FLAR has immunities and privileges in all its member countries. These were recognized in the Headquarters Convention signed by FLAR with the Republic of Colombia in 1992.
Republic of Colombia Headquarters Convention
The privileges and immunities recognized by the Headquarters Convention are the following:
- Inviolability of its headquarters, files, correspondence and documents.
- Immunities with respect to any form of forced apprehension that may disrupt FLAR's dominance of its assets, deposits and other resources entrusted to the institution, which may be liabilities, represent equity or are the product of fiduciary transactions.
- Immunities with respect to legal actions against their assets, deposits and other resources entrusted to FLAR, whether they may be liabilities, represent equity or are the product of fiduciary transactions.
- Free asset transferability and convertibility, in relation to the fulfillment of its objectives and duties.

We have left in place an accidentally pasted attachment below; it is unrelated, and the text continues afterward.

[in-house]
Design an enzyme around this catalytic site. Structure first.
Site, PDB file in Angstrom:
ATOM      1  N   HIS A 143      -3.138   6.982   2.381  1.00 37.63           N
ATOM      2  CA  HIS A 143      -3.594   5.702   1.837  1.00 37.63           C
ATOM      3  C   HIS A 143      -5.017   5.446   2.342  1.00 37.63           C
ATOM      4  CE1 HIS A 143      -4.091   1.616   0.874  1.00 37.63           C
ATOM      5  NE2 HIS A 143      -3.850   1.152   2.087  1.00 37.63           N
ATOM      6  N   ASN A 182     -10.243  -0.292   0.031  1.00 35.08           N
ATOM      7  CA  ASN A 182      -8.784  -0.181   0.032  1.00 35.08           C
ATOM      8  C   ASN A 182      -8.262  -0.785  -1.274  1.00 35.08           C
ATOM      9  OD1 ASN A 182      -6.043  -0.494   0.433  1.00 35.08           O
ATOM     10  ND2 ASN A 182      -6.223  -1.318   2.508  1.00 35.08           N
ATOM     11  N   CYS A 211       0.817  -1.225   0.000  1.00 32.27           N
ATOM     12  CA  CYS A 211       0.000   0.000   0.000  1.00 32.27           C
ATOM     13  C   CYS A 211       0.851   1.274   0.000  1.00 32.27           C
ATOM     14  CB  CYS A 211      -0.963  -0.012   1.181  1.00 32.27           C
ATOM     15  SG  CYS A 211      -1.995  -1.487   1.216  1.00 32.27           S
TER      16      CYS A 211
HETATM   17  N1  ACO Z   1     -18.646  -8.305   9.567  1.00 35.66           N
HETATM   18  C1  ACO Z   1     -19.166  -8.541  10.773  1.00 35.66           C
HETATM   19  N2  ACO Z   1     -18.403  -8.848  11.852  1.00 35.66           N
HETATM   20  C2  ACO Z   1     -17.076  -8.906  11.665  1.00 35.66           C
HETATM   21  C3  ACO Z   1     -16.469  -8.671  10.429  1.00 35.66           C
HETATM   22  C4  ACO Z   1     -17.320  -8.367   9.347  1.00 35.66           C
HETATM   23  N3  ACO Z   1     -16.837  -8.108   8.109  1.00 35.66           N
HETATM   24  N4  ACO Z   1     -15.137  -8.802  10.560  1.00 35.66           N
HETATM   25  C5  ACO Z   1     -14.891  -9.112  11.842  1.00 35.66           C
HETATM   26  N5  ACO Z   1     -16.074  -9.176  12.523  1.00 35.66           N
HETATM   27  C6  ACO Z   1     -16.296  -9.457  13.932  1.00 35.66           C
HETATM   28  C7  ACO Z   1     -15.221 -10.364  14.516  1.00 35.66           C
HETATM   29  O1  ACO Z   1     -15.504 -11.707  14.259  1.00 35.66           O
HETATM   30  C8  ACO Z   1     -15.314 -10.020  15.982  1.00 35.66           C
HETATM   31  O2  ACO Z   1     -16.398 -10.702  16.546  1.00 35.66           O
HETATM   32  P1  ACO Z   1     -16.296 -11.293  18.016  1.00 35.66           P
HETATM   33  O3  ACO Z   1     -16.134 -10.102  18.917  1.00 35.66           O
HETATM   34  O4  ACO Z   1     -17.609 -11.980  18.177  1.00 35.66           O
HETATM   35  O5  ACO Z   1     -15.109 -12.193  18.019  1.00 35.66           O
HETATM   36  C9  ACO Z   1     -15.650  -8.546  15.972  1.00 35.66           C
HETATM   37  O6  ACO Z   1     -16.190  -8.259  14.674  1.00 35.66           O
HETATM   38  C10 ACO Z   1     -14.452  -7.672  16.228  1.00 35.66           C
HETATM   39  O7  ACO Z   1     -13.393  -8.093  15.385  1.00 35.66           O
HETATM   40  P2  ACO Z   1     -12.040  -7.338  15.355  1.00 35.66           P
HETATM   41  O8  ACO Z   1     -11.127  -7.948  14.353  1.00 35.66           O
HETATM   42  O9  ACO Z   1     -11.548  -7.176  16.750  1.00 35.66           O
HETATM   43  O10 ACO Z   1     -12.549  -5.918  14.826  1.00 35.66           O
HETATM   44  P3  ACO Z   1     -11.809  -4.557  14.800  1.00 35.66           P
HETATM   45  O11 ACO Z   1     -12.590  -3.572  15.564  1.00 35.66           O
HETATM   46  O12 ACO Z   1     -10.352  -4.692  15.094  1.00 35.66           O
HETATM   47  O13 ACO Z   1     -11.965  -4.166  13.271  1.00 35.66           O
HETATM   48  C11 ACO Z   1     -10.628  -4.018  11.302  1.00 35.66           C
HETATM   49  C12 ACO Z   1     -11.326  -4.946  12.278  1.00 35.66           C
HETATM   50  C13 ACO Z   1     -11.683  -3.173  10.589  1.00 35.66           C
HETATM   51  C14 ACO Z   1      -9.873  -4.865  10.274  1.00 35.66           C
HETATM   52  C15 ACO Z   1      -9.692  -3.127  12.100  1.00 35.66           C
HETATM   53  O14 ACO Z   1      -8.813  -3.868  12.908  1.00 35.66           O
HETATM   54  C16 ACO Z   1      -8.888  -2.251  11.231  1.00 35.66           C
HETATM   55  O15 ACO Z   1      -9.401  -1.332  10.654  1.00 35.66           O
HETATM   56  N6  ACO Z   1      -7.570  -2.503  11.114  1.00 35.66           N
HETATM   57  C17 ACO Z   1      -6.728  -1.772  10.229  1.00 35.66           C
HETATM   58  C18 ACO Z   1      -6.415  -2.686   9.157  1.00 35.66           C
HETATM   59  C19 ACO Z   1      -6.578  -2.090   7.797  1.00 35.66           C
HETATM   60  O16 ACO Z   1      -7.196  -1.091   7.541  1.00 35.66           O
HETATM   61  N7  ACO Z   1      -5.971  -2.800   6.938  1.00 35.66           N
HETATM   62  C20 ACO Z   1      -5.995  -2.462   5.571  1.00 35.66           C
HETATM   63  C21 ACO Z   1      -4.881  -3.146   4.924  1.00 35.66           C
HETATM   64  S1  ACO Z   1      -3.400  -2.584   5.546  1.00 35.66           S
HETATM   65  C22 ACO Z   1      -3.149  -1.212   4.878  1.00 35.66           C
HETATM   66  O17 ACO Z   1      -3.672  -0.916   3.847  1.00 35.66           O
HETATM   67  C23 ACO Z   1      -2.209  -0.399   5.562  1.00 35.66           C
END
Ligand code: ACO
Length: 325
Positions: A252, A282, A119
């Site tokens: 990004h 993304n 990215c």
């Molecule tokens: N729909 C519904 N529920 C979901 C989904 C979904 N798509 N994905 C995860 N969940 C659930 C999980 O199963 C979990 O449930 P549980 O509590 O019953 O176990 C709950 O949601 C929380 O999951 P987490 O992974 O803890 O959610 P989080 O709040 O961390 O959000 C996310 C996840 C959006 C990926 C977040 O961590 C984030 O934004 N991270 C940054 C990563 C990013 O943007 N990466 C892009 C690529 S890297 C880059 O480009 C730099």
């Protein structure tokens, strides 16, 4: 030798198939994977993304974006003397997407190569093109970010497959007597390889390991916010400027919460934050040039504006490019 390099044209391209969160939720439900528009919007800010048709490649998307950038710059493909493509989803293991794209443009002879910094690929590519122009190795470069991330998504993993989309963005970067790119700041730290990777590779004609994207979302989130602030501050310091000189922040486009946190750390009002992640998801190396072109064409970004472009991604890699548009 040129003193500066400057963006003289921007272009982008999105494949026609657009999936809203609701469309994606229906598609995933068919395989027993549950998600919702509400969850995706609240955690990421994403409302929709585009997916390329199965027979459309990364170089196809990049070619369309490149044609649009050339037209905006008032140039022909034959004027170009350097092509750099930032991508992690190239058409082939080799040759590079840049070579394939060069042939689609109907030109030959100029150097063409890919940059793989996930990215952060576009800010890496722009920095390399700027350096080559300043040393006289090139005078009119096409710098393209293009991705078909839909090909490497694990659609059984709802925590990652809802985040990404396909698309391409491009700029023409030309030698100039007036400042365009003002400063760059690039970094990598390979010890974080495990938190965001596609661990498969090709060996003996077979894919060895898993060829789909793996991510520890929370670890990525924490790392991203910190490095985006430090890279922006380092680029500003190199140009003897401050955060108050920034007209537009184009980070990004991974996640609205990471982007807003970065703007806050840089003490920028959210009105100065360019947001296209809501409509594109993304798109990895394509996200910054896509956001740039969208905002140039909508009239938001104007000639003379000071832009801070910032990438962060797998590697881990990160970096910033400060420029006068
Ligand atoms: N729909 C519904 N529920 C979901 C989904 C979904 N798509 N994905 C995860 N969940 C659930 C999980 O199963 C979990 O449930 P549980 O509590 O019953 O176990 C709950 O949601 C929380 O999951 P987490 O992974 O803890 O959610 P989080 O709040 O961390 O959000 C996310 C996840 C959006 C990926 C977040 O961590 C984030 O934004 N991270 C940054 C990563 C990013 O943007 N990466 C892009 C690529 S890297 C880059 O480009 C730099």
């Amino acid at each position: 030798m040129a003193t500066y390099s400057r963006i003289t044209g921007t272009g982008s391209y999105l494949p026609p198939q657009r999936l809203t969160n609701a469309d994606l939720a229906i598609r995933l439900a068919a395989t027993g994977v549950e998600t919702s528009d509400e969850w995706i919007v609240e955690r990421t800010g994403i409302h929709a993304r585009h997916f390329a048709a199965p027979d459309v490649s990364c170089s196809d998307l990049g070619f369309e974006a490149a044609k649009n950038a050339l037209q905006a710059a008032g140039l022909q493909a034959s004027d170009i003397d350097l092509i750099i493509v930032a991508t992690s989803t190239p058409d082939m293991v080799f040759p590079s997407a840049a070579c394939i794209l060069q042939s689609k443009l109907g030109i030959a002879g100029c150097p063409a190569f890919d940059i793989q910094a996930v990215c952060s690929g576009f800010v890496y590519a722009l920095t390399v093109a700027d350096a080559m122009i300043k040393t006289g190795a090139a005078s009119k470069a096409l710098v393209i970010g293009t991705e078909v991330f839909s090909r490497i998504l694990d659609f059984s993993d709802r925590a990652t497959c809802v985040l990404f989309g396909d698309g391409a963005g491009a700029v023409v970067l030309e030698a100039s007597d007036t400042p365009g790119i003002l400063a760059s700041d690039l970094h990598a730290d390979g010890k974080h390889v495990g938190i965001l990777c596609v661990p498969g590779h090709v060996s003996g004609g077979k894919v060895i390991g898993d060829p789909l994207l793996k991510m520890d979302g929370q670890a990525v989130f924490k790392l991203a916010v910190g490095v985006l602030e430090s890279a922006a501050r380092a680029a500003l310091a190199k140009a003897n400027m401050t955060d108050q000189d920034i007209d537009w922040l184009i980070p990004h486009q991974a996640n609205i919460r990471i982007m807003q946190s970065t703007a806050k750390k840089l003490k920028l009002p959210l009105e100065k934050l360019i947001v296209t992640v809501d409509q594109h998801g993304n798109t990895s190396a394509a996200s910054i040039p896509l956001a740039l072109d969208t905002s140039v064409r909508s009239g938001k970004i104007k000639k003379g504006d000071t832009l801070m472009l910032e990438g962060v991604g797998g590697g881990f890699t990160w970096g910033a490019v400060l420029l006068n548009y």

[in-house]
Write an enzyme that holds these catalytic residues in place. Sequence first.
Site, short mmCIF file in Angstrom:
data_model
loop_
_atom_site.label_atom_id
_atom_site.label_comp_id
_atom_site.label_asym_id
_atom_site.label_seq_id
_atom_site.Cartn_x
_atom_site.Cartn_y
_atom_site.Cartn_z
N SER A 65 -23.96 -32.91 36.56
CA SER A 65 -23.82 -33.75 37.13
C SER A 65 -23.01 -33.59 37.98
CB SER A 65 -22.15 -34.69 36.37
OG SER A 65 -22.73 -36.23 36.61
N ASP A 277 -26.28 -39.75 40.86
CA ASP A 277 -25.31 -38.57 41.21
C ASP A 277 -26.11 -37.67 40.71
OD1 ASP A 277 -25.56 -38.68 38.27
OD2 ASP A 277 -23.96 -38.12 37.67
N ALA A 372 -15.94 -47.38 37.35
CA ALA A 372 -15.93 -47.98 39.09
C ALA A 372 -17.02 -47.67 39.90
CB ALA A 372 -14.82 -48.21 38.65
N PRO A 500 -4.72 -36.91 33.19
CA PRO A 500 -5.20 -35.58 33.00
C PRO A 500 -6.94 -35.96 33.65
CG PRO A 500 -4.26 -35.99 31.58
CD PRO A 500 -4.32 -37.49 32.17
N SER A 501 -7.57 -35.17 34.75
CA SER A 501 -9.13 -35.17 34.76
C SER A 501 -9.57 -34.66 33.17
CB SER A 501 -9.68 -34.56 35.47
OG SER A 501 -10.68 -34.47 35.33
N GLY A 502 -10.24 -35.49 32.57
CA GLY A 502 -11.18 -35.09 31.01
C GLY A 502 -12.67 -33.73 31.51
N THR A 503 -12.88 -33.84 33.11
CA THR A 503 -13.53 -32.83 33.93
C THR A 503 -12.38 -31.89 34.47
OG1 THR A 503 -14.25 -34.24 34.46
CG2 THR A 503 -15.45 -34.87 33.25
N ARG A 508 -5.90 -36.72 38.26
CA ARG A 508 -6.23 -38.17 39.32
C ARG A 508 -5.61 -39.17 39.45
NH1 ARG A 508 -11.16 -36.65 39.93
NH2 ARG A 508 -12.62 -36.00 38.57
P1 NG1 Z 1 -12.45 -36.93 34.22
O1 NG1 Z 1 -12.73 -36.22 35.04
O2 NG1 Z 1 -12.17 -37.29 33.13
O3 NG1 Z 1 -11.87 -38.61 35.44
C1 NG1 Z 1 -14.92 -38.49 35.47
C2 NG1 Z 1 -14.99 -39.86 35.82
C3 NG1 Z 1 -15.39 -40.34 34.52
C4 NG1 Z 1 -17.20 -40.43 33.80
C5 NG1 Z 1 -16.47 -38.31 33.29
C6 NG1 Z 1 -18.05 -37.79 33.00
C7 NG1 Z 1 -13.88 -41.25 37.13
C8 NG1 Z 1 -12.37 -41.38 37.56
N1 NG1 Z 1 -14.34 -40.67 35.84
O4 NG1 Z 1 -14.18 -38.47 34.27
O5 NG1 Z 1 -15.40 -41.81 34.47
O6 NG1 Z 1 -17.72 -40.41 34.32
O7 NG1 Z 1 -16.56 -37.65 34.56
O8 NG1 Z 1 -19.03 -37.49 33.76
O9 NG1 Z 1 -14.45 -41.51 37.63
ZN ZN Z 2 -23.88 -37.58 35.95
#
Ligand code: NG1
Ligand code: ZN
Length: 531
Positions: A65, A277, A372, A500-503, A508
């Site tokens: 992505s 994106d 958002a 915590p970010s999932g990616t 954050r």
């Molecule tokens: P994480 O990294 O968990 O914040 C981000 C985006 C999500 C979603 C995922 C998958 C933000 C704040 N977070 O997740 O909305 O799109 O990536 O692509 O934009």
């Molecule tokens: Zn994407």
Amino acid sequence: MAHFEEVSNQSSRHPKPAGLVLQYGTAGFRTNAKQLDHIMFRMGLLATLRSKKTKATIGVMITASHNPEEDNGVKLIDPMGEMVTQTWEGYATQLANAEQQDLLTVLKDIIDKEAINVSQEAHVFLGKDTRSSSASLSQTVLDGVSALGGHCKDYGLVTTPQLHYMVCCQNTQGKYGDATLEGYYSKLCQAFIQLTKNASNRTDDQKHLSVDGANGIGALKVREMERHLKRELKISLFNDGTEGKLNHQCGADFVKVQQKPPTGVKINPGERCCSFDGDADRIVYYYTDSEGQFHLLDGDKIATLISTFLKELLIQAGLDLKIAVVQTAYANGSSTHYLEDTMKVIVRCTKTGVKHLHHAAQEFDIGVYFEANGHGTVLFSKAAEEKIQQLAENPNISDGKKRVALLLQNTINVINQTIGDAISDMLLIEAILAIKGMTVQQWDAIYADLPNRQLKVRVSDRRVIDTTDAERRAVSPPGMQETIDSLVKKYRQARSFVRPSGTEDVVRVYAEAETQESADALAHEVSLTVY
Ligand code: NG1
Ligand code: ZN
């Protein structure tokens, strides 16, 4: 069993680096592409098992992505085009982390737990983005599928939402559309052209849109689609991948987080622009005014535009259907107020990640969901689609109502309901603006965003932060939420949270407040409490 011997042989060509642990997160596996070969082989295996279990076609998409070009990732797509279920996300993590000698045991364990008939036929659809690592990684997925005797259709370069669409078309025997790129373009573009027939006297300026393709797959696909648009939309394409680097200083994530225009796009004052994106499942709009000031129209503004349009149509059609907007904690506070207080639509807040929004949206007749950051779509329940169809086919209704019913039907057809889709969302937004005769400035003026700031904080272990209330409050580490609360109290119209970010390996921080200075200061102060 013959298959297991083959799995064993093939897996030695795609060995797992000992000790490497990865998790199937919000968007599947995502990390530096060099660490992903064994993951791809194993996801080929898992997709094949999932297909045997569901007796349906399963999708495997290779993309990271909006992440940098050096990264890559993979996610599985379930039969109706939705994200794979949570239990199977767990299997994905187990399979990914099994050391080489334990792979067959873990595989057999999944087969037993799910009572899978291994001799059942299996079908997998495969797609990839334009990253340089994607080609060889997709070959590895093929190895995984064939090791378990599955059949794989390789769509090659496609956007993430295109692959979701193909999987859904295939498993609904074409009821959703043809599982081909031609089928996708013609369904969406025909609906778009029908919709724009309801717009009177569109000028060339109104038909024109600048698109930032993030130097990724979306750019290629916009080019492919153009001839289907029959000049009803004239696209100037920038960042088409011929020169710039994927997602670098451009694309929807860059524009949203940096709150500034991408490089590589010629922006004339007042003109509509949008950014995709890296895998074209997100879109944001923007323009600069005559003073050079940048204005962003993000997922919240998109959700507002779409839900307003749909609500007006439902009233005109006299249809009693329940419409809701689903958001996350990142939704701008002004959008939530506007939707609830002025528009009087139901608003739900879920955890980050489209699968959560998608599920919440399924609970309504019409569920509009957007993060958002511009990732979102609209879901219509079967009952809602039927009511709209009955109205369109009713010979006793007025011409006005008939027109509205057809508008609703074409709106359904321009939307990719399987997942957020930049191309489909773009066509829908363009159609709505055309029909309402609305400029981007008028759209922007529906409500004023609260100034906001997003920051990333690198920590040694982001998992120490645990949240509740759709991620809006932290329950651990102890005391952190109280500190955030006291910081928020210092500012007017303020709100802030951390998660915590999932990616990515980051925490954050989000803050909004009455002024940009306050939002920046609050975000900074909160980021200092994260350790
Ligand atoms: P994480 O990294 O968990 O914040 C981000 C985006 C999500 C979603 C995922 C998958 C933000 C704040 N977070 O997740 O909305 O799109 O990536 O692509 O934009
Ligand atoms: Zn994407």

- Exemption from payment of any kind of taxes and responsibilities related to their collection.
International legal nature and immunities
FLAR’s Constitutive Agreement is registered with the Secretary of the United Nations, in compliance with the provisions set forth in Article 102 of the Charter of the United Nations and in the 1980 Vienna Convention on the Law of Treaties.
U.S. Foreign Sovereign Immunities Act (FSIA) (section 1611) grants attachment and execution immunities to foreign central banks and/or monetary authorities.
While its legal nature under the FSIA has never been tested, FLAR’s external lawyers state that there are strong arguments to argue that FLAR would be considered as a foreign monetary authority under FSIA.
In light of said view, FLAR and its assets would be immune to attachment and execution.
Furthermore, under the Restatement of the Foreign Relations Law of the United States, FLAR may be regarded as a separate legal entity, distinct from its member countries and, therefore, arbitral judgments and awards, issued against its member countries or against public entities in their member countries, may not be legally enforced against FLAR or its assets.